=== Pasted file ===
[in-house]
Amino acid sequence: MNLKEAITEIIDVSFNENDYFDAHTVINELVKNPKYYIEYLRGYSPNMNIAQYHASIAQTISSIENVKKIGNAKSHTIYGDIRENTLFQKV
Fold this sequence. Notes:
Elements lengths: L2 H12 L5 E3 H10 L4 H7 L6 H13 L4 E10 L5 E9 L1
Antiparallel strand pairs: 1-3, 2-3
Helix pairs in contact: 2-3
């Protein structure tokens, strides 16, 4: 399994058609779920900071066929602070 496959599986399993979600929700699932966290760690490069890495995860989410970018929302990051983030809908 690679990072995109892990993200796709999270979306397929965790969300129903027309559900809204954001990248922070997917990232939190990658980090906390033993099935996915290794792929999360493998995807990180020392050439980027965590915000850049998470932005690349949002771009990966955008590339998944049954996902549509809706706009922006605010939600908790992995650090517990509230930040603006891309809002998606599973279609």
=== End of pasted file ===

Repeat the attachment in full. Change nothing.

[in-house]
Amino acid sequence: MNLKEAITEIIDVSFNENDYFDAHTVINELVKNPKYYIEYLRGYSPNMNIAQYHASIAQTISSIENVKKIGNAKSHTIYGDIRENTLFQKV
Fold this sequence. Notes:
Elements lengths: L2 H12 L5 E3 H10 L4 H7 L6 H13 L4 E10 L5 E9 L1
Antiparallel strand pairs: 1-3, 2-3
Helix pairs in contact: 2-3
């Protein structure tokens, strides 16, 4: 399994058609779920900071066929602070 496959599986399993979600929700699932966290760690490069890495995860989410970018929302990051983030809908 690679990072995109892990993200796709999270979306397929965790969300129903027309559900809204954001990248922070997917990232939190990658980090906390033993099935996915290794792929999360493998995807990180020392050439980027965590915000850049998470932005690349949002771009990966955008590339998944049954996902549509809706706009922006605010939600908790992995650090517990509230930040603006891309809002998606599973279609």